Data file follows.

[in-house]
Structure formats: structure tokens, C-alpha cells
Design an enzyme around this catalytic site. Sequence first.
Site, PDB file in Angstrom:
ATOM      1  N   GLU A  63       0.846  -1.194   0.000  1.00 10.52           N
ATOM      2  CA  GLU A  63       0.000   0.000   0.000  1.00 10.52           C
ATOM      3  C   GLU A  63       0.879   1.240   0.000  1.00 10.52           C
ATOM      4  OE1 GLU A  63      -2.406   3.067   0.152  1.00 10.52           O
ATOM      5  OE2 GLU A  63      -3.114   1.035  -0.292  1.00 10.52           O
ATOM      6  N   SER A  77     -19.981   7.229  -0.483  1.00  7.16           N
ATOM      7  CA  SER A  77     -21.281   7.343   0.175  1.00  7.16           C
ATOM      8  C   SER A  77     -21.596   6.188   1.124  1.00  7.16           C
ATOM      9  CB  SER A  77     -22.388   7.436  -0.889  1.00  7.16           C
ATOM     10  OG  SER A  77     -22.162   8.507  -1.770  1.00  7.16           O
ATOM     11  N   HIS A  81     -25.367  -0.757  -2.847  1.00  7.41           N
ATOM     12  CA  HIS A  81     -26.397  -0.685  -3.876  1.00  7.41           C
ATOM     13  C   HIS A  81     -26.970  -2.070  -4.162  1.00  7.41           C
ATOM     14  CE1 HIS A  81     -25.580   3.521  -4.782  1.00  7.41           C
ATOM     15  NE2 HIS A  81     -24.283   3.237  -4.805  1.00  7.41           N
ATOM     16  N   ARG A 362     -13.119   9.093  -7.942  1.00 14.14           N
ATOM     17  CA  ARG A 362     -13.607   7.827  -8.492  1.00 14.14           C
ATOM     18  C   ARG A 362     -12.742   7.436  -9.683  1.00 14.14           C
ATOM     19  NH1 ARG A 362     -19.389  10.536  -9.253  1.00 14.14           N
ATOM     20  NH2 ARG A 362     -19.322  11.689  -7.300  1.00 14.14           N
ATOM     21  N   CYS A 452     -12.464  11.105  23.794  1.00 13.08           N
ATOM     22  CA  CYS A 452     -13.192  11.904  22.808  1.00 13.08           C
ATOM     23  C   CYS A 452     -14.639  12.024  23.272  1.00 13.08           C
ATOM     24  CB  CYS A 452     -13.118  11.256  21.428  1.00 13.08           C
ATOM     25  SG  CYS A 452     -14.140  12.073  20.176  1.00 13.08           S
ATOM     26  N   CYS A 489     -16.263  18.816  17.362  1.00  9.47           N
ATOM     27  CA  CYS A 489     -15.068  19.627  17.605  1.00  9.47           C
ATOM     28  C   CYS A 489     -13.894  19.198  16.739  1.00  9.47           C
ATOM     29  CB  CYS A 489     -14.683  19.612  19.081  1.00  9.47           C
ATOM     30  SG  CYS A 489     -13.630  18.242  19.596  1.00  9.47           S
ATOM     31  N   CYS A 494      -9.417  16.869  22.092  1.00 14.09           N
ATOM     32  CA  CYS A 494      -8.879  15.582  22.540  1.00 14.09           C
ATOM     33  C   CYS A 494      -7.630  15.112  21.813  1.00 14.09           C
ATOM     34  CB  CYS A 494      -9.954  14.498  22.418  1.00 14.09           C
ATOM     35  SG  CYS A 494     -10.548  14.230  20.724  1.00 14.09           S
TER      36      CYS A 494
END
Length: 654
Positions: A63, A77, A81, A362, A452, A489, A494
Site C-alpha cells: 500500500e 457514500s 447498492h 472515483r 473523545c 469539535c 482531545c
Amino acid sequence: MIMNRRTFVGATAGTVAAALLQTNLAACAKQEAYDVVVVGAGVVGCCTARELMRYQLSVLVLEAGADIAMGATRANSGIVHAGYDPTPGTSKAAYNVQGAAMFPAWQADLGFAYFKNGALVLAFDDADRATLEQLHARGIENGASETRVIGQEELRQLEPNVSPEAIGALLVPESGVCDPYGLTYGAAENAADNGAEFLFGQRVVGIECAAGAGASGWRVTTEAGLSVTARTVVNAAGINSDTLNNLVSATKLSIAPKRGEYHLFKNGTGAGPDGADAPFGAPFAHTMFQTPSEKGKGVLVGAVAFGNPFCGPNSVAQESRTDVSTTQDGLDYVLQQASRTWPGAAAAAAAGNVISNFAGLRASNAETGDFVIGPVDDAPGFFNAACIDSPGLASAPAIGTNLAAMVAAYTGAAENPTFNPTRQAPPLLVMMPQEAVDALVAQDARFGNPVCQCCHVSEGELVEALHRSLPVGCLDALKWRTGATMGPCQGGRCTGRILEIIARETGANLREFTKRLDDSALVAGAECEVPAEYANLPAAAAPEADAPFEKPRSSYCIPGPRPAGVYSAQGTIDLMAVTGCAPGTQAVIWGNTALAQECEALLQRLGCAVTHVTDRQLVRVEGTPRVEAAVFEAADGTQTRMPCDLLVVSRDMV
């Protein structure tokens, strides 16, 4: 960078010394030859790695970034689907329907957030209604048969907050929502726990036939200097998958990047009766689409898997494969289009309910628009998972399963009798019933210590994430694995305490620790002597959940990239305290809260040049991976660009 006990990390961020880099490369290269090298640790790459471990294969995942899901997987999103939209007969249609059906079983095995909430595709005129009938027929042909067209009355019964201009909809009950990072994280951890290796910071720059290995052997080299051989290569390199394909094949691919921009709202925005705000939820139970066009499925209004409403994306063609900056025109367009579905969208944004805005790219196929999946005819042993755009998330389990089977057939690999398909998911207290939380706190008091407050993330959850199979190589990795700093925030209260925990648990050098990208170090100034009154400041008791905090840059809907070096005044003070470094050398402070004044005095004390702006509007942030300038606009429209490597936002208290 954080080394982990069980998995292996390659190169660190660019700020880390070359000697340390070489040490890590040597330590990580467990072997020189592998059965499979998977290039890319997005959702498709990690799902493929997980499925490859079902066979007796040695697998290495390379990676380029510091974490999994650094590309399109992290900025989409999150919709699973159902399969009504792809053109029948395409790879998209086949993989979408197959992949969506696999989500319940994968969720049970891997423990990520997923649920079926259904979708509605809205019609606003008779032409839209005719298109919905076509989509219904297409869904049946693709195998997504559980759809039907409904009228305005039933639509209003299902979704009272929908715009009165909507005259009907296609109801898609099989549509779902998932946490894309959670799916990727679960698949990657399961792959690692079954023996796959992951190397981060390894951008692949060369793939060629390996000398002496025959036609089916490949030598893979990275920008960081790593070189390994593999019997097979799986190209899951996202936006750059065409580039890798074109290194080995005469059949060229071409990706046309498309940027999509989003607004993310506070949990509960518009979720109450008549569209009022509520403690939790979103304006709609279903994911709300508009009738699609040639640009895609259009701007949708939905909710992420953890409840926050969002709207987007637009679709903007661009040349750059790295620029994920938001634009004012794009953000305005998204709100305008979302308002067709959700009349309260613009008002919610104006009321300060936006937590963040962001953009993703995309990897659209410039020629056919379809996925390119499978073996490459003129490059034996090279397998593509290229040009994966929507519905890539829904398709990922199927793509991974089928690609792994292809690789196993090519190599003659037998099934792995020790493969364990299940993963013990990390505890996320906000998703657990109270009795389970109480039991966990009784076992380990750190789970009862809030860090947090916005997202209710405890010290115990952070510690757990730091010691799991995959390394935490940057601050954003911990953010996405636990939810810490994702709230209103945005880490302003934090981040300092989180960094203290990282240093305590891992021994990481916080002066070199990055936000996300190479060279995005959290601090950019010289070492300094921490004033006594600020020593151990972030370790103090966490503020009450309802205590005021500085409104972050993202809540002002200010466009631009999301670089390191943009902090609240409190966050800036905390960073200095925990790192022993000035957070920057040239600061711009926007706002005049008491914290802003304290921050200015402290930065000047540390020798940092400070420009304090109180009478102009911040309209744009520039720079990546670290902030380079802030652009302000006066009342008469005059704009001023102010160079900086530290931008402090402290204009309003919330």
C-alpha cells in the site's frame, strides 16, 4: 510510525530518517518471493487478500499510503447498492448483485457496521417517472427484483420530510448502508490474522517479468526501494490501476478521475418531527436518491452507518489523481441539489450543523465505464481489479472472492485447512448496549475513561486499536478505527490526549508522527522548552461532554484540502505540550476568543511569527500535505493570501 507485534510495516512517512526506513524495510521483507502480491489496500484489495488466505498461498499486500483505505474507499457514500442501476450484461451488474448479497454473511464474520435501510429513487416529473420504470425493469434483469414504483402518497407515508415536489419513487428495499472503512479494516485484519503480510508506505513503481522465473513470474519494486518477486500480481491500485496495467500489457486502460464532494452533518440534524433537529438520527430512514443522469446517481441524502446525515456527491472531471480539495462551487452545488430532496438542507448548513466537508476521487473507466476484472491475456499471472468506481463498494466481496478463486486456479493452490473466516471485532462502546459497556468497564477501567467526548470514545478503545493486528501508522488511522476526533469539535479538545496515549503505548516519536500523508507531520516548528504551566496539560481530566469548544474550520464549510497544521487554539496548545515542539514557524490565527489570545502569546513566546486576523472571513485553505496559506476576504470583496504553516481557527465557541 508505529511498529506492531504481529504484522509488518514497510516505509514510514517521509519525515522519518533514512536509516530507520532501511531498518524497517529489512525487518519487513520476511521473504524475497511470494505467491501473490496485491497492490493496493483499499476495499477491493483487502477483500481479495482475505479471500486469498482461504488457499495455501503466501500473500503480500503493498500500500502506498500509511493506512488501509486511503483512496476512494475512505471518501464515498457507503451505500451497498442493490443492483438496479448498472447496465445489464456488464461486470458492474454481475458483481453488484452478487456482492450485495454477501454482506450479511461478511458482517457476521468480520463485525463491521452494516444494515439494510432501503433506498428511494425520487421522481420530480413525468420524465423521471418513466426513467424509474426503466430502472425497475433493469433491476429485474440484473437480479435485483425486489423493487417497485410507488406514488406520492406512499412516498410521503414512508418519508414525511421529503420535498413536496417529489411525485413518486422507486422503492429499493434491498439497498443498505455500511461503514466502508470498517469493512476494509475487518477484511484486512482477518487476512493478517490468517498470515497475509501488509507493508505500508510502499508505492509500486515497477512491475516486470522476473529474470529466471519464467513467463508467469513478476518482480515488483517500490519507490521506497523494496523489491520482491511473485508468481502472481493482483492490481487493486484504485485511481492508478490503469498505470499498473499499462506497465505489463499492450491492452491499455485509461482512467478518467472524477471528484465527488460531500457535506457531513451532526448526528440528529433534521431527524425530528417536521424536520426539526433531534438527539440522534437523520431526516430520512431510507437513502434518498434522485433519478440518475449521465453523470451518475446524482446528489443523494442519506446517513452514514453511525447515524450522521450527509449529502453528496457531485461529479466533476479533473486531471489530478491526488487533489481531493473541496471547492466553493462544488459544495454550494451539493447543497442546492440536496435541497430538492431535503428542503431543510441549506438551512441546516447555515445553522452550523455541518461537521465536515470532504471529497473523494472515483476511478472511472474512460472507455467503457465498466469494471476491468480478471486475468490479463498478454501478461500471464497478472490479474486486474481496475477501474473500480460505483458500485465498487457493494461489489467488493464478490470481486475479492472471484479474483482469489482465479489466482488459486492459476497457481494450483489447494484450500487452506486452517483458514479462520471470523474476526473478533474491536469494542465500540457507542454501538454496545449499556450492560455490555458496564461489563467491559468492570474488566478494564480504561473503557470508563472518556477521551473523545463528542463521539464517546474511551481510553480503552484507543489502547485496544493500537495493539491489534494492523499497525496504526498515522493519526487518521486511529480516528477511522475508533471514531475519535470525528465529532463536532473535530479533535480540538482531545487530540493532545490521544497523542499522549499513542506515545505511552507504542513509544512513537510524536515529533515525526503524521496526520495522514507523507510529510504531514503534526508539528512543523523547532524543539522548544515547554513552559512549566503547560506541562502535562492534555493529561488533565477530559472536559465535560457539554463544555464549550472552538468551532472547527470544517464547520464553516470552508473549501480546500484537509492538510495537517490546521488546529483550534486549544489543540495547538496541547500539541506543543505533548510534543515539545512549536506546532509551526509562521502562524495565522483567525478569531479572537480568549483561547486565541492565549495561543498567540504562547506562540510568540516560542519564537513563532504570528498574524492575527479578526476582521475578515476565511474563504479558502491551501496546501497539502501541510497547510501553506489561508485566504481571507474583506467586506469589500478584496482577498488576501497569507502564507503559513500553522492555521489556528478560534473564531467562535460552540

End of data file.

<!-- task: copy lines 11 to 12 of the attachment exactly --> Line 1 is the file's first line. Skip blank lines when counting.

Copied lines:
ATOM      7  CA  SER A  77     -21.281   7.343   0.175  1.00  7.16           C
ATOM      8  C   SER A  77     -21.596   6.188   1.124  1.00  7.16           C